Varadkar: Too early for redress scheme over illegal adoptions

The Adoption Rights Alliance claim 126 illegal adoptions are "a fraction of the total"

Varadkar: Too early for redress scheme over illegal adoptions

The Taoiseach Leo Varadkar speaks with other ministers at an Ireland 2040 event in Dublin | Image via @SeanDefoe on Twitter

Updated: 12.15

The Taoiseach Leo Varadkar has said it is far too early to be thinking about a redress scheme or free DNA tests for those caught up in the adoption scandal.

On Tuesday, it emerged that dozens of people placed for adoption in St Patrick's Guild may not know they are adopted.

The child and family agency Tusla has identified 126 cases where births were incorrectly registered by the former agency between 1946 and 1969.

They are cases where the adoptive parents of the child were recorded as the birth parents, without an adoption order.

The Adoption Rights Alliance (ARA) say 126 illegal adoptions discovered by Tusla in records from St Patrick’s Guild in 2015 represent "a mere fraction" of the total number of such cases.

The advocacy organisation, that campaigns for equal rights for adopted children and adults, said its immediate concern is for the people affected by these illegal adoptions.

"The effects of illegal adoption on both the adopted person and the natural mother cannot be understated", it said.

"We urge the Department of Children and Youth Affairs to put in place the necessary supports for both the adult adopted people and the natural mothers involved.

"ARA is also offering peer support to people affected, via its private Facebook group".

Speaking at an Ireland 2040 event in Dublin, citing Philomena Lee, Mr Varadkar said these issues are not new and that people have been writing and talking about them for years.

Mr Varadkar also said it is too soon to talk about free DNA testing for those affected.

"I think it's far too early to be talking about things like DNA tests or redress schemes.

"The sense that I have from people who have been affected by this is they're not looking for money from the taxpayer or they're not looking for retribution: they're looking for information about their identities.

"They want to know who they are, they want to know what their birth story is".

Children's Minister Katherine Zappone announced details of the illegal adoptions on Tuesday | Image: Leah Farrell/RollingNews.ie

Seventy-nine of the people affected may have no idea they were adopted and "may be entirely unaware of the true circumstances of their birth".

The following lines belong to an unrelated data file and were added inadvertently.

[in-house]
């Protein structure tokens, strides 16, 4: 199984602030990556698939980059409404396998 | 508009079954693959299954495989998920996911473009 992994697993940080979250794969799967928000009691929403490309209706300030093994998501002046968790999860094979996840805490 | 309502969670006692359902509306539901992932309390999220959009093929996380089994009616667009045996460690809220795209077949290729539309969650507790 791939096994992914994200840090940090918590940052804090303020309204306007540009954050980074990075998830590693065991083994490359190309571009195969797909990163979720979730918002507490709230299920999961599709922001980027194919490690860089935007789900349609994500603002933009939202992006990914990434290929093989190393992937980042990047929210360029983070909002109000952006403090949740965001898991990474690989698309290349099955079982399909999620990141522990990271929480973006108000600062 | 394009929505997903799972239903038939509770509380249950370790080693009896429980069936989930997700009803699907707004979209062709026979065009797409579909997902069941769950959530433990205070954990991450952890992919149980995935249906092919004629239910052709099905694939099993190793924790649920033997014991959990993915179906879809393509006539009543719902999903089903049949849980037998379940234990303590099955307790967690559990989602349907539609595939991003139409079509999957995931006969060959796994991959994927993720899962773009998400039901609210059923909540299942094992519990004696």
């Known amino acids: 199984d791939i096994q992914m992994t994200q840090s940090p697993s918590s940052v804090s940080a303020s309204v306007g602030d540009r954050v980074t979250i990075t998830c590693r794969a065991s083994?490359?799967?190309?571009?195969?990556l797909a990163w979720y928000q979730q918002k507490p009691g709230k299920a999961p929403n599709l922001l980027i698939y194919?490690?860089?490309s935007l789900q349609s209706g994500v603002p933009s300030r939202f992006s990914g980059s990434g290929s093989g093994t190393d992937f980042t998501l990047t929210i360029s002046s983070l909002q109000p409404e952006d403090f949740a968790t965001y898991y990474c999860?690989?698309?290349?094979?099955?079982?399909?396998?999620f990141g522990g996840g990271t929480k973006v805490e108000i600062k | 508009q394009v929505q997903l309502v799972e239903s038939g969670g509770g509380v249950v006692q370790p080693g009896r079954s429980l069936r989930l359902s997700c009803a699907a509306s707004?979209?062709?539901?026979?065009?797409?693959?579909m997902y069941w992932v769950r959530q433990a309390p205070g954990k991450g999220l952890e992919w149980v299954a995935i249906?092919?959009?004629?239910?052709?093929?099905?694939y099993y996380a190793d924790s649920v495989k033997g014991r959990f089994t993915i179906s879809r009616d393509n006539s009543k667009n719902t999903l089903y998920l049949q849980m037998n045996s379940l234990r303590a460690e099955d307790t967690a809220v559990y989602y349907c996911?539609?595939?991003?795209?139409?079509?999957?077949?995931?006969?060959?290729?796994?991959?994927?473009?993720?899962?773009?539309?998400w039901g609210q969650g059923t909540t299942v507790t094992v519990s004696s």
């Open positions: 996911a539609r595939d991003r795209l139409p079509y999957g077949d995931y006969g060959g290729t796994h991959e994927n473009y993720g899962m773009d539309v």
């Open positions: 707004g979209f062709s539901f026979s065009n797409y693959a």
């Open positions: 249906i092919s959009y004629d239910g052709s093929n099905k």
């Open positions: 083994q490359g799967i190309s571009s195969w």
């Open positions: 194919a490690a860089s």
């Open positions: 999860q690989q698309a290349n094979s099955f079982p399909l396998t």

An independent review has been ordered into the incorrect registration at St Patrick’s Guild.

The ARA in 2014, its then acting CEO Kiernan Gildea, said that there may be 'many thousands' of 'illegal registrations'.

"In ARA’s experience, illegal adoptions were also facilitated by private homes or individuals, as well as the registered Adoption Societies.

"In fact, ARA and Justice for Magdalenes Research (JFMR) have compiled a list of 182 institutions, agencies and individuals that were involved with unmarried mothers and their children.

"This list includes 57 private homes or facilitators, and the location of the records associated with these institutions remains unknown", the ARA adds.

It said a "hugely problematic factor" in this area is the fact that the State and the Adoption Authority refuse to acknowledge the phrase 'illegal adoptions'.

"The official position is that because no adoption order existed, no adoption took place, and therefore the person in question has been falsely registered and is not adopted".

The adoptions were discovered by Tusla | Image: Niall Carson/PA Archive/PA Images

Since 2015 ARA and Justice for Magdalenes Research (JFMR) have been gathering witness statements from adopted people, natural parents and others as part of the Clann Project, which is being conducted in association with global law firm Hogan Lovells.

At the end of April, ARA and JFMR sent the Clann Project's submissions (the Clann report) to the Commission of Investigation on Mother and Baby Homes.

The ARA said the witness testimony provided to the Clann Project outlines "numerous instances" where documents were forged or contained knowingly false information to facilitate illegal adoptions, most commonly, where the adopted person is registered as the natural child of the adoptive parents.

In the coming months the ARA and JFMR will publish an anonymised version of the Clann report "to ensure that adopted people, natural parents and relatives, the State and the Irish public are fully informed about both historic and current abuses in this area."